A post shared on the popular Reddit forum ‘Antiwork’ has sparked a conversation among commenters about how employees are treated after quitting their jobs.
Redditor u/elgueroguapo wrote in his post which got 12,000 votes that he was offered a new job with a higher salary, but their boss started giving them the cold shoulder after they quit. Readers flooded the comments section to share their thoughts on Redditor’s last few weeks.
A 2015 article published by the Harvard Business Review discussed what an employer should do when an employee announces their resignation.
Priscilla Claman, president of Career Strategies Inc., told the outlet that the employer should create a “warm and friendly conversation about [the person’s] Future plans.”
Claman explained that it helps to maintain professional relationships.
It is also important to understand why the employee decided to get a new job.
Anat Lechner, clinical associate professor of management and organizations at New York Stern University, said the information may be helpful in finding a solution.
Employers must also be prepared to understand that their employee has made a decision and will move on to another job whether or not they find a way to resolve potential issues.
Redditor u/elgueroguapo wrote that they worked for a small company for four years, but were recently offered a new job with higher pay and better benefits.
When they spoke with their employer and inquired about a counter offer, they were told they wouldn’t make as much money but would have to continue working for them due to an ‘obligation’ .
“Put my review immediately after that and they were honestly amazed,” u/elgueroguapo wrote.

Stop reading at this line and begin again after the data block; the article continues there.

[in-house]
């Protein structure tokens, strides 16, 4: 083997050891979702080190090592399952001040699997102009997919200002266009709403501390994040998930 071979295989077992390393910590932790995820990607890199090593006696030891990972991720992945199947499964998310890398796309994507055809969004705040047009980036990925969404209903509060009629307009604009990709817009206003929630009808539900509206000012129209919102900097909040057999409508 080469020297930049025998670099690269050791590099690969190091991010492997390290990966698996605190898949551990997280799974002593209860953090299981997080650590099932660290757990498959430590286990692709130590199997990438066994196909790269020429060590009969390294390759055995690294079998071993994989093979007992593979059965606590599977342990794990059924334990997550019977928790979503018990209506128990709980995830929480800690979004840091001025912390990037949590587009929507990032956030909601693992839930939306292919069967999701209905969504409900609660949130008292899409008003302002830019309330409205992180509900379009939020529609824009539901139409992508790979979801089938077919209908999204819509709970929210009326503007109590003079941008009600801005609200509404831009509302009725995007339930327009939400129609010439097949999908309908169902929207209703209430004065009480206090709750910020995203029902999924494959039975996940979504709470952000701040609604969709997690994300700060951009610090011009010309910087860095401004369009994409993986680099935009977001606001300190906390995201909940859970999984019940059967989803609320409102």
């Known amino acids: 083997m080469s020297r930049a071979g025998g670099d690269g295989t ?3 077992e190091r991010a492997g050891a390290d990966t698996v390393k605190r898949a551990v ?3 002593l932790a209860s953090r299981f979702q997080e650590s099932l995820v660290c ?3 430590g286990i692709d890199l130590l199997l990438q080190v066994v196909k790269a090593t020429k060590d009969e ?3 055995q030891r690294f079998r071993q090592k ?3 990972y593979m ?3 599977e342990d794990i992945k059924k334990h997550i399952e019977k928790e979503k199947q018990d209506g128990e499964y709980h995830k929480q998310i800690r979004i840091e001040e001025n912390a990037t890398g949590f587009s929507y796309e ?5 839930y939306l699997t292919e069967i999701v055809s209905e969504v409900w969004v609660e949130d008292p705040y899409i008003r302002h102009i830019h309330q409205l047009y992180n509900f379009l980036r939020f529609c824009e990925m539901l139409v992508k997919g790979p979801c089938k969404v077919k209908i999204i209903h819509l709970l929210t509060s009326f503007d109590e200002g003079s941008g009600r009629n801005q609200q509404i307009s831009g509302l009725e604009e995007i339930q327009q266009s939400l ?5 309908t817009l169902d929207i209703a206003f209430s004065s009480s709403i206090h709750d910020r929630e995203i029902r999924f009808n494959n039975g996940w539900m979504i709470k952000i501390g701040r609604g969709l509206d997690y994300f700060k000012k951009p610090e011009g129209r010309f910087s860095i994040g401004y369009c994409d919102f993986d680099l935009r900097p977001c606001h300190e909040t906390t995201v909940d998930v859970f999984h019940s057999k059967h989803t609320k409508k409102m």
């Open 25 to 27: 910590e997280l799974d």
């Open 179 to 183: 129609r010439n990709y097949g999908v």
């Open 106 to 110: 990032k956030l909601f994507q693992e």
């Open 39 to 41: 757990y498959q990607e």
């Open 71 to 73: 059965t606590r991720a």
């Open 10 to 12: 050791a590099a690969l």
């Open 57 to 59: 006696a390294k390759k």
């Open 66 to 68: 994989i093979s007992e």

The Redditor wrote that they worked an additional four weeks after quitting.
“My boss was only talking around me or through other people for the past two weeks,” they noted.
In the comments section, u/elgueroguapo wrote that they first worked for the company as an intern before being hired into an entry-level position.
“So he ‘takes a chance’ on me and makes me a competent worker, in his mind is the obligation,” u/elgueroguapo wrote.
Commentators expressed shock at the treatment displayed by the employer.
“The whole point of hiring an entry-level worker is to take a chance; that’s why salaries are usually lower,” wrote one Reddit user. “That doesn’t mean they have to pay you this forever.”
Another Redditor agreed with the sentiment, commenting, “Good. Like wtf these people think fucking king. Titled a** idiots basically.”
One wrote that this was an “immature” and “unprofessional” view from the employer.
“You risked them just as much to teach you, and they also profited from your work,” they wrote. “You owe them nothing after this treatment.”
One commenter wrote that there are ‘tactful ways to quit’ and he wouldn’t cut ties if the company he once worked for treated them well.
“But if I have an opportunity that significantly exceeds the benefits of my current position, then I will put in my two weeks and hold my head high,” they wrote.
Newsweek contacted u/elgueroguapo for comment.
Redditors on “Antiwork” were quick to share their thoughts on other viral posts, like the one about an employee who sparked a debate about only working during paid hours.
A post showing a hostile response from another employer after their employee quit has also gone viral.
Another Redditor said in his viral post that he was not being paid and decided to stop working until the issue was resolved.